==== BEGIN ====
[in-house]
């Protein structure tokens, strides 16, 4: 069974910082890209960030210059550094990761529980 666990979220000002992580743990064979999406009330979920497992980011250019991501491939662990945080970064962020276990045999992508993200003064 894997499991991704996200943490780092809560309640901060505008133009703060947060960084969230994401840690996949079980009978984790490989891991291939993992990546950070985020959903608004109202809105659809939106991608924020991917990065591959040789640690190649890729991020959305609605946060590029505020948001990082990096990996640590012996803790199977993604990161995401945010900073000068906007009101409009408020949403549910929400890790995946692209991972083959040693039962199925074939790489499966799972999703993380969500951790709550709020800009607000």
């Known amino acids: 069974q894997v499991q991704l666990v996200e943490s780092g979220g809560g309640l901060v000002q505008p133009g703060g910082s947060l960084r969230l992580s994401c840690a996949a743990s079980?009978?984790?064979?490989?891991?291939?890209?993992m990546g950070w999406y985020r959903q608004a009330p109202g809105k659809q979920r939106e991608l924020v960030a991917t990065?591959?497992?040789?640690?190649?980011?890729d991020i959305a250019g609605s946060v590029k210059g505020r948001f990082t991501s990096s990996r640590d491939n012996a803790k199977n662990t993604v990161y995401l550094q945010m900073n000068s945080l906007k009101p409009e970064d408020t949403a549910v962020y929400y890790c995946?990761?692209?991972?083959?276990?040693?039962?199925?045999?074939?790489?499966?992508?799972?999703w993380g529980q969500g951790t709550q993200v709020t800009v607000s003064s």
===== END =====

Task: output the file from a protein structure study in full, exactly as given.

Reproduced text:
[in-house]
């Protein structure tokens, strides 16, 4: 069974910082890209960030210059550094990761529980 666990979220000002992580743990064979999406009330979920497992980011250019991501491939662990945080970064962020276990045999992508993200003064 894997499991991704996200943490780092809560309640901060505008133009703060947060960084969230994401840690996949079980009978984790490989891991291939993992990546950070985020959903608004109202809105659809939106991608924020991917990065591959040789640690190649890729991020959305609605946060590029505020948001990082990096990996640590012996803790199977993604990161995401945010900073000068906007009101409009408020949403549910929400890790995946692209991972083959040693039962199925074939790489499966799972999703993380969500951790709550709020800009607000």
């Known amino acids: 069974q894997v499991q991704l666990v996200e943490s780092g979220g809560g309640l901060v000002q505008p133009g703060g910082s947060l960084r969230l992580s994401c840690a996949a743990s079980?009978?984790?064979?490989?891991?291939?890209?993992m990546g950070w999406y985020r959903q608004a009330p109202g809105k659809q979920r939106e991608l924020v960030a991917t990065?591959?497992?040789?640690?190649?980011?890729d991020i959305a250019g609605s946060v590029k210059g505020r948001f990082t991501s990096s990996r640590d491939n012996a803790k199977n662990t993604v990161y995401l550094q945010m900073n000068s945080l906007k009101p409009e970064d408020t949403a549910v962020y929400y890790c995946?990761?692209?991972?083959?276990?040693?039962?199925?045999?074939?790489?499966?992508?799972?999703w993380g529980q969500g951790t709550q993200v709020t800009v607000s003064s």